Daytona Beach addresses pot, bar policies

Daytona Beach City Commissioners voted Wednesday night to support a proposed ordinance to decriminalize small amounts of marijuana.  They took a first vote on a plan that would allow police officers to issue a civil fine instead of making an arrest when they find someone with twenty grams or less of marijuana. 

The plan would still give officers discretion to arrest the person.   City Commissioners will hold a public hearing next month, and they could take a final vote on the plan that night.

Daytona Beach city leaders also want to crack down on some bars and clubs where crime is a concern. They're focused on Seabreeze Boulevard.  City commissioners want those bar owners to step up security, or risk losing the right to stay open late.

Bobby Abraham works at Mr.  Pizza Plus.  He stays open until four AM selling pizza to people who come out of bars and clubs on Seabreeze Blvd.   Abraham tells Fox 35 News that late night crime is a concern, and he hopes police will respond faster.   "They need to be in here," says Abraham.  "There need to be two or three police cars around this, especially this area that has clubs. They need to be more in this area."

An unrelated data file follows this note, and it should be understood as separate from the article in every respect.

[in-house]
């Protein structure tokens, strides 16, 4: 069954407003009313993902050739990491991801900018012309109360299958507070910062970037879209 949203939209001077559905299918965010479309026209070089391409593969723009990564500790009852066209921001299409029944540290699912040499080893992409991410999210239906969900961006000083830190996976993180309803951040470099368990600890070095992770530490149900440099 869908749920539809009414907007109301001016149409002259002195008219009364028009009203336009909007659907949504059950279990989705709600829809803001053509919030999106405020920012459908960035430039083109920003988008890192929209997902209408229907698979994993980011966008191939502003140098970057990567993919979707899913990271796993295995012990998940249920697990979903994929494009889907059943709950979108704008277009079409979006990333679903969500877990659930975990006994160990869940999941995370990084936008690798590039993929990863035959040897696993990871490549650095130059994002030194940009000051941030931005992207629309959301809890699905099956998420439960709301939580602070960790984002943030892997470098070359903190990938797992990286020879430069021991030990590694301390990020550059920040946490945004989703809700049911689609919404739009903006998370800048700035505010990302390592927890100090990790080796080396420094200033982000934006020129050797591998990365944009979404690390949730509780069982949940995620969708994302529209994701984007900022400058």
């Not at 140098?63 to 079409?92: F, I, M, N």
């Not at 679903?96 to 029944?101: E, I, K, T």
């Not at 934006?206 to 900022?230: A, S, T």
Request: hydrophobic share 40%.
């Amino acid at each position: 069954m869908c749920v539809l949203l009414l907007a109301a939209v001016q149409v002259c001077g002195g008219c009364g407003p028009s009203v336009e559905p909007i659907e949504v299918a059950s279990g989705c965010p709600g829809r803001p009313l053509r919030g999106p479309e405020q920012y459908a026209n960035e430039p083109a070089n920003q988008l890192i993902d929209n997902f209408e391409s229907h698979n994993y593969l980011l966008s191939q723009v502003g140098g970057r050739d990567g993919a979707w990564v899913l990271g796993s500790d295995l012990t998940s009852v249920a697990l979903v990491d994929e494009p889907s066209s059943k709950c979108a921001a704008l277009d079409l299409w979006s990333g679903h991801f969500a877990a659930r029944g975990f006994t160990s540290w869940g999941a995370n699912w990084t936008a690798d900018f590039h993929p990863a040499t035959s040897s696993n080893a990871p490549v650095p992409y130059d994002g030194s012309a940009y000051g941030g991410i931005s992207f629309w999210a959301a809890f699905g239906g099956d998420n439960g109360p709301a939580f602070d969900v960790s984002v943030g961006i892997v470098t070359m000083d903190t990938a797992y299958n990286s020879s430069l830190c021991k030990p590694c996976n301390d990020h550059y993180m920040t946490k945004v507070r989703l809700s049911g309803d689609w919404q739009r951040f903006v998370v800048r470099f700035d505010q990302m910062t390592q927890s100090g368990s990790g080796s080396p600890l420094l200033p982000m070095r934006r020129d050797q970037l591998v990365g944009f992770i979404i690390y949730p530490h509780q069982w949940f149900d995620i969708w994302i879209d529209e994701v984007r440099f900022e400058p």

Daytona Beach Police Chief Mike Chitwood says there was a crime spike on Seabreeze Blvd. last year.   He says stepped up patrols have crime under control again but there is a cost, and he believes bar owners should help pay it.  "It runs me about 150 thousand dollars a year to put enough police officers out there to police the area.  A lot of that should be done by the bar owners."

Chitwood says the late night problems spill out of the bars and clubs onto the street.  This year, police have run a dozen stings in some clubs there using undercover officers.  "They've purchased drugs- purchased drugs from juveniles at two o'clock in the morning.  There are certified gang members from Orlando that are armed with guns, set up shop in one of the bars selling drugs."

Wednesday night, city commissioners took a first vote supporting a new plan to lower the price bar owners pay for a permit to sell alcohol between midnight and 3 a.m.   The ordinance would also require them to use security cameras and security guards.

The plan would also allow Chief Chitwood to suspend a club's after hours permit for a month if managers cannot control crime on their property.    He says, "It's not fair to the rest of the city that come four o'clock in the morning, I have to pull ten or fifteen cops from around the city and put them in that block to control this."

Abraham says his team would pay more for fast police protection.  "If they're going to be here, I support that.  If they are going to be here, but I'm not just paying money for nothing," he says.

Wednesday night's vote was the first reading on the proposed ordinance.  City commissioners will hold a public hearing and a second vote on this issue at their next meeting on June 1.